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Community Institutions team up to create innovative experiential learning program | News

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Community Institutions team up to create innovative experiential learning program
News, Schools
Community Institutions team up to create innovative experiential learning program

LITTLE ROCK, Ark. (April 22, 2014) – Exalt Education, a Little Rock non-profit organization, and the University of Arkansas Clinton School of Public Service, launched on Tuesday an innovative learning program called the Learning Pass.

The Learning Pass initiative will turn the entire city into a classroom by providing middle school students with hands-on, daily, experiential, learning opportunities throughout the community. Four students from the Clinton School of Public Service have established partnerships with more than 15 community institutions to make this unique program possible.

The students gathered information from LRPA parents, students and staff members to develop partnerships with central Arkansas organizations that would be beneficial to students. Partnering organizations include: the Arkansas Symphony Orchestra, Center for Arkansas History and Culture, Dunbar Community Garden Project, First Tee of Central Arkansas, Hillary Rodham Clinton Children's Library and Learning Center, Junior Achievement of Arkansas, The Launch Pad, Mosaic Templars Cultural Center, Old State House Museum, Painting with a Twist of West Little Rock, Museum of Discovery, William J. Clinton Presidential Center, and Witt Stephens Jr. Central Arkansas Nature Center. The launch was held at the Hillary Rodham Clinton Public Library and Learning Center, where leaders from the Clinton School, Exalt Education and LRPA thanked their distinguished community partners and celebrated the launch of the program.

After the launch, participants from the fifteen partner institutions celebrated their learning collaborative over dinner at Salut Bistro.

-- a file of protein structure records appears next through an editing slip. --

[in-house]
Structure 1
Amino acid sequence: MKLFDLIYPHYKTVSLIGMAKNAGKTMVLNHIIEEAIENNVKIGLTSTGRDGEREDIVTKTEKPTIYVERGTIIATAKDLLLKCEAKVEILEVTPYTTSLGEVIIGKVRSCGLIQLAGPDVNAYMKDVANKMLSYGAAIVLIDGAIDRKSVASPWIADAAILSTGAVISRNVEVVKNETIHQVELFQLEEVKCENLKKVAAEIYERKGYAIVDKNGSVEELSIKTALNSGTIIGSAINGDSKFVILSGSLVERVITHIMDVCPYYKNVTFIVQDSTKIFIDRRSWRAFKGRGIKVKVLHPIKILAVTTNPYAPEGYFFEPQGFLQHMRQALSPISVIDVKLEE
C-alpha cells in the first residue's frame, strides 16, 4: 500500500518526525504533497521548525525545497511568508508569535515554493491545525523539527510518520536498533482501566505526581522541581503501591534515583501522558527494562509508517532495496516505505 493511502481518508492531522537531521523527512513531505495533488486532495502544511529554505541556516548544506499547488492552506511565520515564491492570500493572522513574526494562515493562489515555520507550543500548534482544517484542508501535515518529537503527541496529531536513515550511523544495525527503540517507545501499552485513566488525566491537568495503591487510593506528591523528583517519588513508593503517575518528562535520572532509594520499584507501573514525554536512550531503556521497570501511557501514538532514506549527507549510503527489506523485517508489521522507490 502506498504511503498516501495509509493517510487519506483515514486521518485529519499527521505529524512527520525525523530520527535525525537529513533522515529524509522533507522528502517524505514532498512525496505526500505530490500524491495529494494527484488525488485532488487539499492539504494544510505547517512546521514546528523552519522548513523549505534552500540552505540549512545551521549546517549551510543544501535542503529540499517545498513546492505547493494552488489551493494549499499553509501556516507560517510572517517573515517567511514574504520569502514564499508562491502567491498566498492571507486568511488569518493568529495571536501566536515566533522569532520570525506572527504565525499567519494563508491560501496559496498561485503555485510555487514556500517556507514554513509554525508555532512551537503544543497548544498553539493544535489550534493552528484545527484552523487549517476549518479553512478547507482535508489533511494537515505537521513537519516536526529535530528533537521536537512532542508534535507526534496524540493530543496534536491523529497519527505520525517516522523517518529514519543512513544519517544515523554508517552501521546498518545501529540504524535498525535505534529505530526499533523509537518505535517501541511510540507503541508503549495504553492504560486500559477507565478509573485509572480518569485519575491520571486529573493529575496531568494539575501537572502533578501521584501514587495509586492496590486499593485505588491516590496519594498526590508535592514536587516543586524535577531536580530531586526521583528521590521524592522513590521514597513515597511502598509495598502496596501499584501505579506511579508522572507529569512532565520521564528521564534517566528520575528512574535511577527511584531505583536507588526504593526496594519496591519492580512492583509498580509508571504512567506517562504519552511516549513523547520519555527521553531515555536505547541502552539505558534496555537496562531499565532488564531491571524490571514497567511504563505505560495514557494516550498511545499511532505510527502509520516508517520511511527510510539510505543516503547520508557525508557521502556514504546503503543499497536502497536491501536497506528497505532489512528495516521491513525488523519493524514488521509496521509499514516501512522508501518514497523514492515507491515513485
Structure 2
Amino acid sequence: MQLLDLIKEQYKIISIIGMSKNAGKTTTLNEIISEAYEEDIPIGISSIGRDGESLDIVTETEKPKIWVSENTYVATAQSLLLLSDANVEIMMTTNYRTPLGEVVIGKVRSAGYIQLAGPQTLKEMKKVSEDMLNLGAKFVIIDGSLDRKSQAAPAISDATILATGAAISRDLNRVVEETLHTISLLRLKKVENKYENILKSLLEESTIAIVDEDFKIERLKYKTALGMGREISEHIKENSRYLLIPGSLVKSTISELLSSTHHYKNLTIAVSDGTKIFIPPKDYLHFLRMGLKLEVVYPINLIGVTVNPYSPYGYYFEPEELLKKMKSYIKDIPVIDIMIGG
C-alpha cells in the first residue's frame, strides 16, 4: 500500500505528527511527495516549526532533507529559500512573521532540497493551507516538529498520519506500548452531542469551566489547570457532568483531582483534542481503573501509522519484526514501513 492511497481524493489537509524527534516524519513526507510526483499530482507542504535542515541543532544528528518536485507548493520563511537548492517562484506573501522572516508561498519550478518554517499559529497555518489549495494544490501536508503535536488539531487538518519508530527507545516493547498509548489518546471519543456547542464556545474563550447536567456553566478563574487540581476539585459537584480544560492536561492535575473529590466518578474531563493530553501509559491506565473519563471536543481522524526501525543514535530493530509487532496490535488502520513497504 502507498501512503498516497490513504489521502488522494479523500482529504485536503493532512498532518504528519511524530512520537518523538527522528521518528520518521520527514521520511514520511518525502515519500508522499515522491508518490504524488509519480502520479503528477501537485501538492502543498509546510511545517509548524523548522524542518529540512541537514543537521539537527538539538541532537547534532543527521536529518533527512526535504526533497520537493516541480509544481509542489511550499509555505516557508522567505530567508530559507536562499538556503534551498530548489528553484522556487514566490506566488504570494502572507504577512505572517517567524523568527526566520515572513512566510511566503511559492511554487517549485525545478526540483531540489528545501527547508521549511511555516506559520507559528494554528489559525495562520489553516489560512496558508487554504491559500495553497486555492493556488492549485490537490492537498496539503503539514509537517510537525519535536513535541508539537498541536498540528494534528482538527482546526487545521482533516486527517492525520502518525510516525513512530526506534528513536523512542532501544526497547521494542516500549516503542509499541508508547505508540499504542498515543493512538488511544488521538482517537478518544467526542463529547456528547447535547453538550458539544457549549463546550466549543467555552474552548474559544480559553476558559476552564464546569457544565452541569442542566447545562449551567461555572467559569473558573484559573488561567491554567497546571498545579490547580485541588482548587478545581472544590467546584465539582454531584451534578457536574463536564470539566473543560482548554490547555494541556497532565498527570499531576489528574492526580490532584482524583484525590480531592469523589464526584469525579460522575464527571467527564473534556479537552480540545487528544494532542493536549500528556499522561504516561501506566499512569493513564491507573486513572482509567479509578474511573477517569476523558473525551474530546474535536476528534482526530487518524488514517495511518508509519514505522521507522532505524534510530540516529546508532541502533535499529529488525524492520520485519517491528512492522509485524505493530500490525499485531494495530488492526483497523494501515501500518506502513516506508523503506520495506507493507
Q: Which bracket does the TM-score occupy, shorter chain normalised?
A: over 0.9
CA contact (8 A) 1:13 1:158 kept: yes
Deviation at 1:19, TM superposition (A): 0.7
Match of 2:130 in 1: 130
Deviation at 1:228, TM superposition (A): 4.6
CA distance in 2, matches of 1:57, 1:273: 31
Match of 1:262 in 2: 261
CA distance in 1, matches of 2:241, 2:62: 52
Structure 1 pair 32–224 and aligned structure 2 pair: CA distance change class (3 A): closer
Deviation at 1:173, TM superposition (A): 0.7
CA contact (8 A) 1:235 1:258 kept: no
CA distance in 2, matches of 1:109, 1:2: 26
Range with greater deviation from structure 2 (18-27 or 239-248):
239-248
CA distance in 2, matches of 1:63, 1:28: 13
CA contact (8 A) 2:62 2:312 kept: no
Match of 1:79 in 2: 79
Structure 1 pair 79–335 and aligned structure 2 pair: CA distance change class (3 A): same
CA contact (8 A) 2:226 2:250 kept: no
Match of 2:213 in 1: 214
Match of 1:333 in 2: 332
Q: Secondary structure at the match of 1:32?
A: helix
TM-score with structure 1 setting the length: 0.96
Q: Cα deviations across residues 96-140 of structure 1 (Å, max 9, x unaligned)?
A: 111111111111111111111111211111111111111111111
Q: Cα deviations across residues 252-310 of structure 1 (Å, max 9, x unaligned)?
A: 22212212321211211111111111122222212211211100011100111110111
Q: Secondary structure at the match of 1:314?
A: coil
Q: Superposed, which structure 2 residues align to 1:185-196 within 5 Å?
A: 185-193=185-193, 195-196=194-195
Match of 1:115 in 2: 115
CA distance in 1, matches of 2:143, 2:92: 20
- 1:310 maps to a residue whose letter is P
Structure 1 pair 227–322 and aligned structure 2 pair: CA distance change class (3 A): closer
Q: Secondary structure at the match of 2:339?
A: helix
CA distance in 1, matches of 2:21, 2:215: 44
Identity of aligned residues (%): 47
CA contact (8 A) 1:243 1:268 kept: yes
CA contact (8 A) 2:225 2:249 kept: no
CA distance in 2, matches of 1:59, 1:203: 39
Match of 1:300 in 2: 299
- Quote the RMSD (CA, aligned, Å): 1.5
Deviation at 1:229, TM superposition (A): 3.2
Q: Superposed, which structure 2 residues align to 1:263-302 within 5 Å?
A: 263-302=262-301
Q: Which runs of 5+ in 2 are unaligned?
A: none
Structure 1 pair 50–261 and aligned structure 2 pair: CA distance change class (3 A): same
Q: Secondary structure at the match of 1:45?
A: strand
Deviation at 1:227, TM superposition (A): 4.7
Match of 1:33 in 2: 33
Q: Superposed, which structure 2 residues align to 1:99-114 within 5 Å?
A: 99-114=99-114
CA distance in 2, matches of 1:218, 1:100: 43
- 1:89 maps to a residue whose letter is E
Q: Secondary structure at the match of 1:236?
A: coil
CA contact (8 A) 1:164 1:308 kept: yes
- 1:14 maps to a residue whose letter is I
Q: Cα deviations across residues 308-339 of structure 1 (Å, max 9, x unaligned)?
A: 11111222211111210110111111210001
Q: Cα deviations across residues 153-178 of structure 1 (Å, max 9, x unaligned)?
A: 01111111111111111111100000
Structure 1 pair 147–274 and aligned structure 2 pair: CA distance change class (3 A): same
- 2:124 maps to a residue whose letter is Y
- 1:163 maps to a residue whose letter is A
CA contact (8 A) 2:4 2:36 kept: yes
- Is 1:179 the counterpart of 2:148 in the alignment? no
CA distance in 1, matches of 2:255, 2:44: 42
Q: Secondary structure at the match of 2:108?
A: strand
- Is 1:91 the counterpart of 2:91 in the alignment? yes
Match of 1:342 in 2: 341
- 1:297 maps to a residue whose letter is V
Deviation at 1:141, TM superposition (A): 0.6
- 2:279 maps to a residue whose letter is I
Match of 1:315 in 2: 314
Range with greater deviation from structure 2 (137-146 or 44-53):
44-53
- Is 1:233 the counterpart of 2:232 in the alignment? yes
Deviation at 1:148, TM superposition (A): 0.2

Ben Lindquist, CEO of Exalt Education said, "This initiative represents a ground breaking way to motivate our youth and expand their vision of opportunities in the community by exposing them to deep experiential learning at a network of partner institutions."

"Instead of just studying in the classroom, our students will go out into the community to experience first-hand our community's educational resources," he said. "For example, instead of reading about business or music, they'll spend time on-site at Junior Achievement, the Center for Arkansas History and Culture, or the Arkansas Symphony Orchestra for firsthand accounts."

Accomplished master's level students developed this initiative as part of the Clinton School of Public Service two-year degree program. These four students bring distinguished backgrounds including graduating from Stanford University, studies abroad, AmeriCorp service, and the founding of a company to assist students with science projects that improve communities.

Launch Pad Director Joel Gordon said the Learning Pass is a response to the lack of real-world learning opportunities students have in school. By providing students with places to go and resources to use to create and complete projects, they can see how what they learn matters.

"We've stopped encouraging students to literally make something of their learning experience," Gordon said. "Our society and our educators no longer encourage students to engage in projects and experiences that prepare them to create, to be creative or, quite simply, to work in real-world jobs."


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